For some people, it was the documentary about the swathes of plastic clogging up the sea that piqued their environmental consciousness. For me, it was reading somewhere that every single toothbrush I had ever used was somewhere in a hole in the ground. I took it a bit literally to mean that they were all in the same hole together, toothbrush piled upon toothbrush looking chewed and crusty and minging. The shame. So, while it is bamboo toothbrushes all round here at the KP ranch, it also had me thinking about how we try to be a little bit sustainable as a business and how we might be better.
- PAPER BAGS: Paper bags in the shop and tissue paper. No plastic ever. We use a lot of brown kraft paper and card. This is not only chic and fits in with our black and white colour way, it is also environmental as it is often recycled and doesn't involve any bleaching.
- ONLINE PACKAGING: Packaging for online orders is mostly brown kraft boxes and brown gummed paper tape. We use wood wool which is - as it sounds - kiln-dried shreds of wood, one step up from sawdust, and perfect for keeping more delicate items protected. Our main sticking point is the plastic mailer. For smaller items and non-gifts, we have switched over to using folded over cardboard pocket mailers or jiffy bags with paper padding and ditched the plastic mailer. However, for some of our gin gift kits, we need to protect the box and have used a bubble bag and a plastic mailer. We are looking into switching this up into a second single-wall wrap box to protect the gift box. Tricky as it is a bespoke item and takes some time to get it right and explore all the options. This is the area of our packaging that bothers me most and is something we are still working on. We also use
- ROYAL MAIL: All our packages are sent out by Royal Mail. I can't find the stats to back this up, but surely using a larger universal provider has a lesser environmental impact? Is one more parcel on the postman's route greener than sending a courier specially? Either way, as a large organisation, Royal Mail does have what seems like well thought out environmental policies.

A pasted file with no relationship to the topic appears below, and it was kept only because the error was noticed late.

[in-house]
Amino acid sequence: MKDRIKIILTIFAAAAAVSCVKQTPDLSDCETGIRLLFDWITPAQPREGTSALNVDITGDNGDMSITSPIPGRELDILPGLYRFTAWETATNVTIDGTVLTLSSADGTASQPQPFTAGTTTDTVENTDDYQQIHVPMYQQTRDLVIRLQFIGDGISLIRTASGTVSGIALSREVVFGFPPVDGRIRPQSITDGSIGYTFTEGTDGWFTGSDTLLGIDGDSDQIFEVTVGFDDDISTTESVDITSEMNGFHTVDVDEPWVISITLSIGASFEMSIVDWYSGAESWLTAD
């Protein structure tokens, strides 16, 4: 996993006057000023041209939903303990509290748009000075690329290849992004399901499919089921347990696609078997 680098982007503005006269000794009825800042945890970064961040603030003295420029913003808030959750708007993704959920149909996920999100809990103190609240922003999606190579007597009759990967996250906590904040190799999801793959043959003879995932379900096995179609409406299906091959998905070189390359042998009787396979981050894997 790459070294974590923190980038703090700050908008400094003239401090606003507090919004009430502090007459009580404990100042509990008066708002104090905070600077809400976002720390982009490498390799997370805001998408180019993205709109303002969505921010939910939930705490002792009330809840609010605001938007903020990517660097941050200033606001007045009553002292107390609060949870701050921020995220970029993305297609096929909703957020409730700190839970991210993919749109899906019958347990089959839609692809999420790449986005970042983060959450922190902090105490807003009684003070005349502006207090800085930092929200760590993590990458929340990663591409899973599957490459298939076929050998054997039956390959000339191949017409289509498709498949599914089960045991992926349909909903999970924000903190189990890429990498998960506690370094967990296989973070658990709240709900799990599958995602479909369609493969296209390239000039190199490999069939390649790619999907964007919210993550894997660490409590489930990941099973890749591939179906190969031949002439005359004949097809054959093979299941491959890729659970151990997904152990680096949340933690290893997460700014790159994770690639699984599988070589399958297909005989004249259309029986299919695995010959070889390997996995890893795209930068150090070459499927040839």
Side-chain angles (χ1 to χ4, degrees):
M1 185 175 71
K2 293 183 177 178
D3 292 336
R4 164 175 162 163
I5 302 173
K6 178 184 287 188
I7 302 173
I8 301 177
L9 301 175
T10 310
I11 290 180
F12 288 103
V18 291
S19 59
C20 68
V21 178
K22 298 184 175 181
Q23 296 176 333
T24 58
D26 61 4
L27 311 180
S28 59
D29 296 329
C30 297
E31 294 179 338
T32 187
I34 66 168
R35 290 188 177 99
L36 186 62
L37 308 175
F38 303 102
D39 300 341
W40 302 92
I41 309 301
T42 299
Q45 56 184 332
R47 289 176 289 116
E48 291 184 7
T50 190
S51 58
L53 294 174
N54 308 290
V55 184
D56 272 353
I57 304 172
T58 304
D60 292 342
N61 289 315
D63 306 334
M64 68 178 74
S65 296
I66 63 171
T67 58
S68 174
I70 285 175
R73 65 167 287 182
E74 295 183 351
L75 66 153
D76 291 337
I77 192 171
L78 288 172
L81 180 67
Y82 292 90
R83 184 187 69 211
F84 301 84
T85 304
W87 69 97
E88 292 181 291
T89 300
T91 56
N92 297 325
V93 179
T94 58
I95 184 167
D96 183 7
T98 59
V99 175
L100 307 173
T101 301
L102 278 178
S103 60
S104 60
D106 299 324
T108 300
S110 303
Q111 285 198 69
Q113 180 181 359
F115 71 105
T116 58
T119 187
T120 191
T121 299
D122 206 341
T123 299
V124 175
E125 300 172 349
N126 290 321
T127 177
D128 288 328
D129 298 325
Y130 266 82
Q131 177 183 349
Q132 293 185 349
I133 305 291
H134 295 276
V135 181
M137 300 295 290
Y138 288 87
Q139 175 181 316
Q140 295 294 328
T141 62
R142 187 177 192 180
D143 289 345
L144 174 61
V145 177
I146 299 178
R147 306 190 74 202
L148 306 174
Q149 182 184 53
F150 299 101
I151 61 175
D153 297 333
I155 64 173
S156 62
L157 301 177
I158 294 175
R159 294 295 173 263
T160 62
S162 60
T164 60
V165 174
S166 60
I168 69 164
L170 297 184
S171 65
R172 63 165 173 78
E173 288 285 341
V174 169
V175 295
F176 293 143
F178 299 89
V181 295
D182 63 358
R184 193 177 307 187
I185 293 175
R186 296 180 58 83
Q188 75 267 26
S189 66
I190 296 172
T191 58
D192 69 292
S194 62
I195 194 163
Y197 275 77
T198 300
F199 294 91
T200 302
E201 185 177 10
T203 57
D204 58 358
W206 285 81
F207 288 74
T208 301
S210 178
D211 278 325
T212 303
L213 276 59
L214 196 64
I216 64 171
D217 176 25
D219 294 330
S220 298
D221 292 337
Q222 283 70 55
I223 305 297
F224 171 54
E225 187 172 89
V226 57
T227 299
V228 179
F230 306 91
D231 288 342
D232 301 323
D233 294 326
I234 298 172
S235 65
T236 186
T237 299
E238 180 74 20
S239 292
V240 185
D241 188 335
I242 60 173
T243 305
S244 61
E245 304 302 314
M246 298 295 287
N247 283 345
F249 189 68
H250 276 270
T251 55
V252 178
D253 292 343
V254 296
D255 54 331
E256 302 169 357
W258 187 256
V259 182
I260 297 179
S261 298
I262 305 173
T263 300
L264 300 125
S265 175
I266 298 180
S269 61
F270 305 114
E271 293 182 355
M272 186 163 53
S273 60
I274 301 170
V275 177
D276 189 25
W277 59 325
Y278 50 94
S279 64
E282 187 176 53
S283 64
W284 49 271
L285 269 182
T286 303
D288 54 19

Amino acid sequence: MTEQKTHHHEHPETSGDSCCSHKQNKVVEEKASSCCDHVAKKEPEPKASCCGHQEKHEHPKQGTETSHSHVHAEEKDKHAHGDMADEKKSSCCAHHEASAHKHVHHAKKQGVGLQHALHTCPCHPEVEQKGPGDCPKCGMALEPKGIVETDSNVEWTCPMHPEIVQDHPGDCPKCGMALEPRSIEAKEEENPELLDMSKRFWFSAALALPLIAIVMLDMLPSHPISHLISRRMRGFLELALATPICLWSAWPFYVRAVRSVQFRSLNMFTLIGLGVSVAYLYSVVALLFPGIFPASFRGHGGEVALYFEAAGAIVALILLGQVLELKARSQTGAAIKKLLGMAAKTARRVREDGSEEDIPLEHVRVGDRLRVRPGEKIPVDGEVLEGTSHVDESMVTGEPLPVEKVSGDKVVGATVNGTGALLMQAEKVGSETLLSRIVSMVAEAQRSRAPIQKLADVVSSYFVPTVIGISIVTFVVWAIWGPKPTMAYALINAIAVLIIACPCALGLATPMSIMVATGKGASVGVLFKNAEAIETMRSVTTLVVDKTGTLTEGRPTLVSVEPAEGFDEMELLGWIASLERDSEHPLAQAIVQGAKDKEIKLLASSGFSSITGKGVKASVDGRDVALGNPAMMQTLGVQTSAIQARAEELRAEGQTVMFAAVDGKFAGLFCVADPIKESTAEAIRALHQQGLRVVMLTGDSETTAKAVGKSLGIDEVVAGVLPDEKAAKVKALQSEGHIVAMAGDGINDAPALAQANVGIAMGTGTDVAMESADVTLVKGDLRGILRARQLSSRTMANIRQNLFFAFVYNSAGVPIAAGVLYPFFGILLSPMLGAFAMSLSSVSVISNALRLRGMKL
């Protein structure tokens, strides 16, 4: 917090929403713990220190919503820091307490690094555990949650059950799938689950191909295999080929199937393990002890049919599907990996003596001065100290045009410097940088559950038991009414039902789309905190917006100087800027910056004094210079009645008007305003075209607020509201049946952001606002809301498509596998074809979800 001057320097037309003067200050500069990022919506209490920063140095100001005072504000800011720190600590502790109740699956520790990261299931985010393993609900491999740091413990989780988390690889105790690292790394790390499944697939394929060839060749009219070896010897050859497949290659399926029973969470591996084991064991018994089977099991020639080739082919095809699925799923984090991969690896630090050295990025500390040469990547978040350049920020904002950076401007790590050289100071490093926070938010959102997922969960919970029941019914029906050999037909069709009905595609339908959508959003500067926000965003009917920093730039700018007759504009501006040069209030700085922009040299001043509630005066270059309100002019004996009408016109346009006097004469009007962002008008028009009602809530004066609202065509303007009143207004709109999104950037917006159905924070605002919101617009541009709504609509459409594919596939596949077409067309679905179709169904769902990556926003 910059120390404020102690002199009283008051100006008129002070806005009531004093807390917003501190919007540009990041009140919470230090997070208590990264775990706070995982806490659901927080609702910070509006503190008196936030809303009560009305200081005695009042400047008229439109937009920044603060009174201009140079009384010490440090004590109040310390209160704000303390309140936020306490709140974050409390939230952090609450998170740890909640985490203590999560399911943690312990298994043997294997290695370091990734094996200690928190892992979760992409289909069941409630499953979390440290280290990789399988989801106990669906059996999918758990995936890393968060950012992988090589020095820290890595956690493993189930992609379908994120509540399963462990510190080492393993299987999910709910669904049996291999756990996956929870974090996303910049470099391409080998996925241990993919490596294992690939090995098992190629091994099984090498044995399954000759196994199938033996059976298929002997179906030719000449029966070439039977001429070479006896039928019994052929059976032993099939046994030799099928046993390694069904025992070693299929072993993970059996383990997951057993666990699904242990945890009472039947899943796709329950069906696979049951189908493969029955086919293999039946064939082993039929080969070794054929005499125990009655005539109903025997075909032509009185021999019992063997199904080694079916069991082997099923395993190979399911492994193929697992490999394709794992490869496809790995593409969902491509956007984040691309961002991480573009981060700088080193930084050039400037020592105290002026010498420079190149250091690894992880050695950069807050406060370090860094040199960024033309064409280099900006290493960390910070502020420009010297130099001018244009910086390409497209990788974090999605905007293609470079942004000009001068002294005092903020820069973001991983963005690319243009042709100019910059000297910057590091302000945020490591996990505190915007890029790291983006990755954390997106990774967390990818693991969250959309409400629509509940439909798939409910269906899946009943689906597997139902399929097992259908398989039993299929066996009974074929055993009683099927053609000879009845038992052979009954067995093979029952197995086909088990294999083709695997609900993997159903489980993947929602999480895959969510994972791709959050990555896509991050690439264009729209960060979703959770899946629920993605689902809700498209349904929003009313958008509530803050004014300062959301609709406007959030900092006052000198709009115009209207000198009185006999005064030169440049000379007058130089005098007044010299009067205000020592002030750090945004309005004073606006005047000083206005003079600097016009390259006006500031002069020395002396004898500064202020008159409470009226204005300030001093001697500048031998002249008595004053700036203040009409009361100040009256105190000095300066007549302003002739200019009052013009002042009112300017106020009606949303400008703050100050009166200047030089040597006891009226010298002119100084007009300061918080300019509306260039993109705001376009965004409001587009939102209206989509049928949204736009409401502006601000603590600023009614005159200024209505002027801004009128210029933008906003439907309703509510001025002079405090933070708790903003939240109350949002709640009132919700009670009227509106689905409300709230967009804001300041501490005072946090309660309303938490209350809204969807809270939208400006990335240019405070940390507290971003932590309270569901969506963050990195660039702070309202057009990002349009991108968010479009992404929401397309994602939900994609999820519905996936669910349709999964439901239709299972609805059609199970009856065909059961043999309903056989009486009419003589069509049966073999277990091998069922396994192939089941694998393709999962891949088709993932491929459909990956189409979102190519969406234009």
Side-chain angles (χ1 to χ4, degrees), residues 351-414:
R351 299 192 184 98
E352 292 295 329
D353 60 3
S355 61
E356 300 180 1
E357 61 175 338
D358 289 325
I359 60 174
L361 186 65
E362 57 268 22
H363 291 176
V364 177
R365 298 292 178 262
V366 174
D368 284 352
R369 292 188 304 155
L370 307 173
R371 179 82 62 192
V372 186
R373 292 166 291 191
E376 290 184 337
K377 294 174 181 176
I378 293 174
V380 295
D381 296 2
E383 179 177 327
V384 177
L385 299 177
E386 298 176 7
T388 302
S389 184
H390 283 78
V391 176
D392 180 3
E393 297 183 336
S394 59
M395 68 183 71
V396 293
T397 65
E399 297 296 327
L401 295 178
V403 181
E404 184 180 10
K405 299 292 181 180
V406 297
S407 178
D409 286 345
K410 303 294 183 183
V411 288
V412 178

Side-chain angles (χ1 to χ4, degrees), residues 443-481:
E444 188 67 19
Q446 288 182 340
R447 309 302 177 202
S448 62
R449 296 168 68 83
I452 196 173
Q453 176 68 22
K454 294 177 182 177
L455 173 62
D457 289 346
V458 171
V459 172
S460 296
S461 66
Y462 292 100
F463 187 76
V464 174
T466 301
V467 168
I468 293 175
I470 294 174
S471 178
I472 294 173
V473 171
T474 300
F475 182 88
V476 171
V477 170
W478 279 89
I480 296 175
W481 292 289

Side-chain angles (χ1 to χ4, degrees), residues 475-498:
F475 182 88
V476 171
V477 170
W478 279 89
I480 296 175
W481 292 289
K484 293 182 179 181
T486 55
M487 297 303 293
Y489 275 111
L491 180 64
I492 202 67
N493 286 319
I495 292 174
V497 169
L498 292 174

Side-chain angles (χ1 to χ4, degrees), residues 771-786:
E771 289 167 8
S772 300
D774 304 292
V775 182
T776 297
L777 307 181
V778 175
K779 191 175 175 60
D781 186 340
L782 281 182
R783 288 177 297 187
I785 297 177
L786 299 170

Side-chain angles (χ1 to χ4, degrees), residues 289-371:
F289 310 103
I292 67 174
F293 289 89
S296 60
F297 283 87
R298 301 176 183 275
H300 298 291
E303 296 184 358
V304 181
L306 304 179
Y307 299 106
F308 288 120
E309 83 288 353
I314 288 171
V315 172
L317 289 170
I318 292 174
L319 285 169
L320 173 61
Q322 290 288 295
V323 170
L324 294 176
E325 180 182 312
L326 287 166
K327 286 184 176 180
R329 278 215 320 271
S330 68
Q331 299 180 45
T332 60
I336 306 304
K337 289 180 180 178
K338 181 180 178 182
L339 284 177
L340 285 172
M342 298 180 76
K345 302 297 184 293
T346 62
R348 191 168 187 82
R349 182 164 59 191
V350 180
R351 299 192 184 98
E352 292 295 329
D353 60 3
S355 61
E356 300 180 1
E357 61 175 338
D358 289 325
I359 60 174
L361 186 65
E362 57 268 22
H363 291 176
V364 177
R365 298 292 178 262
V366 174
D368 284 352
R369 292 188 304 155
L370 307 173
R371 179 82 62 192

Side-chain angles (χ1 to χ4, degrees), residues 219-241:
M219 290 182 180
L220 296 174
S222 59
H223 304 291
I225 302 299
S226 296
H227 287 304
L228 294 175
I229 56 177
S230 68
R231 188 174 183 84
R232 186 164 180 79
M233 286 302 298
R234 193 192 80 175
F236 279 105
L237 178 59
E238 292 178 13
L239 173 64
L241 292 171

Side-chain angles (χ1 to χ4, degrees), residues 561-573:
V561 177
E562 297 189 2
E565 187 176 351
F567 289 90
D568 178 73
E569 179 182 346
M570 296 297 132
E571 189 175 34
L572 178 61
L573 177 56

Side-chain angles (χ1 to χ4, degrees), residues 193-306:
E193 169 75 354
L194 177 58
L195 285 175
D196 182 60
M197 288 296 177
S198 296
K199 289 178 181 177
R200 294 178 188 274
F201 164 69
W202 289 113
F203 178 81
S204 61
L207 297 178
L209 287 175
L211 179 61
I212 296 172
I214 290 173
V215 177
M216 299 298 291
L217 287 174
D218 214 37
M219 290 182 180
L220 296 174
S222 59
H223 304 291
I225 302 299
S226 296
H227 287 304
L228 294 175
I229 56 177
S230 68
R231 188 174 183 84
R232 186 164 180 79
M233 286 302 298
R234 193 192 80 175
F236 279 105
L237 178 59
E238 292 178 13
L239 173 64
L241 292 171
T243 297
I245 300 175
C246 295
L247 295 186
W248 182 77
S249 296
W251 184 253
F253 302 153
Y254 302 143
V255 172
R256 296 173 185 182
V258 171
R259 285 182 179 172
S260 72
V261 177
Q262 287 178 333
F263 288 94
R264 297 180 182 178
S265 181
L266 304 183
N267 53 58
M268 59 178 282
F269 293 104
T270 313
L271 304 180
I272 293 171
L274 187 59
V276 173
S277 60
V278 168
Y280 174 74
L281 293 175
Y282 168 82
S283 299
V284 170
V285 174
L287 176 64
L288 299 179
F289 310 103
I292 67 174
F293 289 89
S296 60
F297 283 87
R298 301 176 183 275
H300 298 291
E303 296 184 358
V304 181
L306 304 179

- VINTAGE: I have long justified a vintage clothing habit in terms of sustainability and environmentally friendliness. We also sell a lot of vintage items in the shop, from knives to ceramics. Beautiful, sustainable and - particularly in the case of knives - you get a lot of bang for your buck with the vintage items.
- PRODUCTS: we try to choose products that are sustainable as possible. The knives that we sell have a high carbon content so can be re-sharpening time and again and, if cared for, will last you a life time. In a more literal sense we do sell metal straws, hobo knives and metal chopsticks that are the alternative for single use plastic. We don't sell many plastic items (I think the mandolins are the exceptions and these are far from single use) and the packaging on any items is mainly cardboard. The food items we sell from small producers have glass packaging which is ripe for recycling or re-using. When we have more complicated parcels to package - the large hugely breakable thing with the long, spiky-sharp object - we are more than happy to reuse packaging we end up with.
- LOCAL LONDON MAKERS: working with local London producers does go some way to reducing the object-miles. We do also ship in some products from Japan, so not all perfect.
There you go. Not exactly a full environmental audit but it is definitely something we give a lot of thought to and try to trim away at materials and products that are unsustainable.